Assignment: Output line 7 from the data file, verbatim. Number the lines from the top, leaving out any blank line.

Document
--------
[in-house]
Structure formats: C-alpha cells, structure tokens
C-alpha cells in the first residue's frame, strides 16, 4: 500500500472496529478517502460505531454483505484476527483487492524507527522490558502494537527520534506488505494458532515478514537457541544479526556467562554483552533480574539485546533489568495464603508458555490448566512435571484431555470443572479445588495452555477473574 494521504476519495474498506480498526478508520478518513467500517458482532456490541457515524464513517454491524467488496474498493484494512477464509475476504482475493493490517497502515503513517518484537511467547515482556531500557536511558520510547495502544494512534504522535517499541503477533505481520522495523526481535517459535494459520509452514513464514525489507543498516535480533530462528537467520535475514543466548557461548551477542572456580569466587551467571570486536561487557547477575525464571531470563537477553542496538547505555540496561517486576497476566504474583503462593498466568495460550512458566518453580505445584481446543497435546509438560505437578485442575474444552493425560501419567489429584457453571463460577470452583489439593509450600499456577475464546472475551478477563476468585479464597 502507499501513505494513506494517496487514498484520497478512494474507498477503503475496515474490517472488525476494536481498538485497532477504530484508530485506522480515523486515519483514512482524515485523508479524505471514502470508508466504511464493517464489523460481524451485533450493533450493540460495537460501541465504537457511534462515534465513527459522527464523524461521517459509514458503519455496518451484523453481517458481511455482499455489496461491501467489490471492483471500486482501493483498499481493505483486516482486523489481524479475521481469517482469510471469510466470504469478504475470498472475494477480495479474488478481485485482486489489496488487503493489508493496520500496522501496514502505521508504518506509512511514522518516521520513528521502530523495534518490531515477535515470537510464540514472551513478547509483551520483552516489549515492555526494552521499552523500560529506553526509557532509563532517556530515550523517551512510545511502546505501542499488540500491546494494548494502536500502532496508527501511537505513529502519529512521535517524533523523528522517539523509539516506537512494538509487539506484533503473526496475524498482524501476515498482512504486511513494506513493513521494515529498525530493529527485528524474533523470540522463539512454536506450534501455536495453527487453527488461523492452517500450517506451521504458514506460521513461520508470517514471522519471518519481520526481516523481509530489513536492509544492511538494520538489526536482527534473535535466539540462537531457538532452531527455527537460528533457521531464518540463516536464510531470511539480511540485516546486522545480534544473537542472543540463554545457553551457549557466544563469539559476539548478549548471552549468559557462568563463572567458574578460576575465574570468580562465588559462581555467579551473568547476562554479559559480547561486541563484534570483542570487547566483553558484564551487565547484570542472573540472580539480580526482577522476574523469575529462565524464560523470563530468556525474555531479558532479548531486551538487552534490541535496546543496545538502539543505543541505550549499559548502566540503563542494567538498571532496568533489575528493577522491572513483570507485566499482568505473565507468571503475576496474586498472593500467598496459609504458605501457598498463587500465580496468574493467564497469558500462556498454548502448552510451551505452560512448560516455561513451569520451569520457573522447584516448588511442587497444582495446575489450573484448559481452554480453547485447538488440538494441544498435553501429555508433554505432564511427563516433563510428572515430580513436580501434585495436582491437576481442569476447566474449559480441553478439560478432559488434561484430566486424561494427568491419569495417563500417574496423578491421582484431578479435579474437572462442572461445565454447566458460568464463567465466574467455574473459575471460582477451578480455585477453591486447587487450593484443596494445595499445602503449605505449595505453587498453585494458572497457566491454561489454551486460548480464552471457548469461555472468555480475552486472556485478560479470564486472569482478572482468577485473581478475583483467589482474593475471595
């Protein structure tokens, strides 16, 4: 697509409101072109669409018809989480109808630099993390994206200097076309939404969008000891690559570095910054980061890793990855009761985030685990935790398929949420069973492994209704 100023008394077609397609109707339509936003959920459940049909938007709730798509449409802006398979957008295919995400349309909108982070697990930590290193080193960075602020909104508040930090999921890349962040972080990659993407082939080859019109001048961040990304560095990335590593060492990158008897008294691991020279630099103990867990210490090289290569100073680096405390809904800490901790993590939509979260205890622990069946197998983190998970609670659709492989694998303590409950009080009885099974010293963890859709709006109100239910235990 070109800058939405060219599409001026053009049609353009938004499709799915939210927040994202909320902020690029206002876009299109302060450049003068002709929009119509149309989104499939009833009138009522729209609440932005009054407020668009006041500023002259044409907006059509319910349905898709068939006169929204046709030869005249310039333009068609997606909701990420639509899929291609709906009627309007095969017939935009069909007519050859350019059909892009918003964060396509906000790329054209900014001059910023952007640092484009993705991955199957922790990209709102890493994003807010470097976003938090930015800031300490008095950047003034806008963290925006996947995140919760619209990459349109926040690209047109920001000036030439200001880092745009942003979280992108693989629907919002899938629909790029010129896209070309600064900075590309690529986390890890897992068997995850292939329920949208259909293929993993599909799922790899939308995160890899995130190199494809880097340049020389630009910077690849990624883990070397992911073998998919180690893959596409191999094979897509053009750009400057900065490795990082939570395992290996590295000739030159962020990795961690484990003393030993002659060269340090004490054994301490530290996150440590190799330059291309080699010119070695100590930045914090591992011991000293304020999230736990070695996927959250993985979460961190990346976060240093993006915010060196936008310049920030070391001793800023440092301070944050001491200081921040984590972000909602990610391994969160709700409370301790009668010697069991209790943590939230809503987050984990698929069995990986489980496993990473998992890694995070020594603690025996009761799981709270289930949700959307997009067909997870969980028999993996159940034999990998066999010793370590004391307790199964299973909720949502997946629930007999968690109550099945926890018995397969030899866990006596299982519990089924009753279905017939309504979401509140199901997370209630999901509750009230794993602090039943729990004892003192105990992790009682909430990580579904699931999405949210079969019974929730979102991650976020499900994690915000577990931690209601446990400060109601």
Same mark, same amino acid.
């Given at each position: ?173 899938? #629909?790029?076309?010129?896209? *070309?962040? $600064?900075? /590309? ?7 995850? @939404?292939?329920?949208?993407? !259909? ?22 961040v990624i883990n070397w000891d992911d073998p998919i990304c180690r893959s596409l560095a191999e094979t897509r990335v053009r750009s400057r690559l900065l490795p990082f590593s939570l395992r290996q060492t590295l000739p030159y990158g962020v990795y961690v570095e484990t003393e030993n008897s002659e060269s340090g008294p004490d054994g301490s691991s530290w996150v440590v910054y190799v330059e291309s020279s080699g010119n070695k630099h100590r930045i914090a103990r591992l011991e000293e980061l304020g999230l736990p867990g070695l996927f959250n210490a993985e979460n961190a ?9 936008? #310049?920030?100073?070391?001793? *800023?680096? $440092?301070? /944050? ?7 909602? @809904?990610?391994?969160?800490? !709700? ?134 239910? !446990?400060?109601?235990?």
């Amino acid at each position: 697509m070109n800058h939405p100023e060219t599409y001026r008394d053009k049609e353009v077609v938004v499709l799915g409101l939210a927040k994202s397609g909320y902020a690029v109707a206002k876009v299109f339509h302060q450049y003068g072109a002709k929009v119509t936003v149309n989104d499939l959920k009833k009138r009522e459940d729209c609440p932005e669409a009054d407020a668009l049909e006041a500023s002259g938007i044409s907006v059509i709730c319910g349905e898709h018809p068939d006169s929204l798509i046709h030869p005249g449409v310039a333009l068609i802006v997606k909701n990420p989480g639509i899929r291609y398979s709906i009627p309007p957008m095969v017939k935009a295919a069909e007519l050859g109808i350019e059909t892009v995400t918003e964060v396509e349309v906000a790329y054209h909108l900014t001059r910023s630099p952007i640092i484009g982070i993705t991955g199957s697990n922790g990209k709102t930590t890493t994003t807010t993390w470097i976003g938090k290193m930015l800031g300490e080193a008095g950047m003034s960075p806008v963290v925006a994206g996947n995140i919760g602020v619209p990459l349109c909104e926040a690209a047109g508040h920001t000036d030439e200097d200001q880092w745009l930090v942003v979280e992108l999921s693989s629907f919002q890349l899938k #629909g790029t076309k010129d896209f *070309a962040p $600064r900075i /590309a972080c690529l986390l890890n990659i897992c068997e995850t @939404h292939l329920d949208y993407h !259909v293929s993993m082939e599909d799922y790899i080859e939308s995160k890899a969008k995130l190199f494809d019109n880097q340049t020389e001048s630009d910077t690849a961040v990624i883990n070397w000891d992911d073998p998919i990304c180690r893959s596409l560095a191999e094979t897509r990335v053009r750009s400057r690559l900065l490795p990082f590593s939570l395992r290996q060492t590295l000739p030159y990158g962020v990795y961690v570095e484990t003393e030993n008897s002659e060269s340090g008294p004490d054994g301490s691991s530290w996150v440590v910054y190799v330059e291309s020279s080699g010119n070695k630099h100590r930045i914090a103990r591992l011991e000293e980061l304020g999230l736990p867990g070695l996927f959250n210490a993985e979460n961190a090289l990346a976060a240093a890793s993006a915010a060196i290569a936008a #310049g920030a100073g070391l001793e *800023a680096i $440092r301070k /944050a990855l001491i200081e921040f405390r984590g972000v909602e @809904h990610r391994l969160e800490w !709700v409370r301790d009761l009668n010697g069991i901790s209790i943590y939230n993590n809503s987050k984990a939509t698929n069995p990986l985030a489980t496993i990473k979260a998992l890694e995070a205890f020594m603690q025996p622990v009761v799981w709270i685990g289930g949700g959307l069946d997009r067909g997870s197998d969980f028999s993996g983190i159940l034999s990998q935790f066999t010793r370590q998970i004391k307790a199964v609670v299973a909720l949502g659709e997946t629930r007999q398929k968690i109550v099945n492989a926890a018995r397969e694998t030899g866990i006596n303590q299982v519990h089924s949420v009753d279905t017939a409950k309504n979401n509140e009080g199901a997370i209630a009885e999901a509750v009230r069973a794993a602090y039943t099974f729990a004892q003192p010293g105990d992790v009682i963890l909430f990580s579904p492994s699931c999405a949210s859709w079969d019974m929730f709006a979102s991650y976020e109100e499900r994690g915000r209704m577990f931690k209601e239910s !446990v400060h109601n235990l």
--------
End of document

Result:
């Amino acid at each position: 697509m070109n800058h939405p100023e060219t599409y001026r008394d053009k049609e353009v077609v938004v499709l799915g409101l939210a927040k994202s397609g909320y902020a690029v109707a206002k876009v299109f339509h302060q450049y003068g072109a002709k929009v119509t936003v149309n989104d499939l959920k009833k009138r009522e459940d729209c609440p932005e669409a009054d407020a668009l049909e006041a500023s002259g938007i044409s907006v059509i709730c319910g349905e898709h018809p068939d006169s929204l798509i046709h030869p005249g449409v310039a333009l068609i802006v997606k909701n990420p989480g639509i899929r291609y398979s709906i009627p309007p957008m095969v017939k935009a295919a069909e007519l050859g109808i350019e059909t892009v995400t918003e964060v396509e349309v906000a790329y054209h909108l900014t001059r910023s630099p952007i640092i484009g982070i993705t991955g199957s697990n922790g990209k709102t930590t890493t994003t807010t993390w470097i976003g938090k290193m930015l800031g300490e080193a008095g950047m003034s960075p806008v963290v925006a994206g996947n995140i919760g602020v619209p990459l349109c909104e926040a690209a047109g508040h920001t000036d030439e200097d200001q880092w745009l930090v942003v979280e992108l999921s693989s629907f919002q890349l899938k #629909g790029t076309k010129d896209f *070309a962040p $600064r900075i /590309a972080c690529l986390l890890n990659i897992c068997e995850t @939404h292939l329920d949208y993407h !259909v293929s993993m082939e599909d799922y790899i080859e939308s995160k890899a969008k995130l190199f494809d019109n880097q340049t020389e001048s630009d910077t690849a961040v990624i883990n070397w000891d992911d073998p998919i990304c180690r893959s596409l560095a191999e094979t897509r990335v053009r750009s400057r690559l900065l490795p990082f590593s939570l395992r290996q060492t590295l000739p030159y990158g962020v990795y961690v570095e484990t003393e030993n008897s002659e060269s340090g008294p004490d054994g301490s691991s530290w996150v440590v910054y190799v330059e291309s020279s080699g010119n070695k630099h100590r930045i914090a103990r591992l011991e000293e980061l304020g999230l736990p867990g070695l996927f959250n210490a993985e979460n961190a090289l990346a976060a240093a890793s993006a915010a060196i290569a936008a #310049g920030a100073g070391l001793e *800023a680096i $440092r301070k /944050a990855l001491i200081e921040f405390r984590g972000v909602e @809904h990610r391994l969160e800490w !709700v409370r301790d009761l009668n010697g069991i901790s209790i943590y939230n993590n809503s987050k984990a939509t698929n069995p990986l985030a489980t496993i990473k979260a998992l890694e995070a205890f020594m603690q025996p622990v009761v799981w709270i685990g289930g949700g959307l069946d997009r067909g997870s197998d969980f028999s993996g983190i159940l034999s990998q935790f066999t010793r370590q998970i004391k307790a199964v609670v299973a909720l949502g659709e997946t629930r007999q398929k968690i109550v099945n492989a926890a018995r397969e694998t030899g866990i006596n303590q299982v519990h089924s949420v009753d279905t017939a409950k309504n979401n509140e009080g199901a997370i209630a009885e999901a509750v009230r069973a794993a602090y039943t099974f729990a004892q003192p010293g105990d992790v009682i963890l909430f990580s579904p492994s699931c999405a949210s859709w079969d019974m929730f709006a979102s991650y976020e109100e499900r994690g915000r209704m577990f931690k209601e239910s !446990v400060h109601n235990l």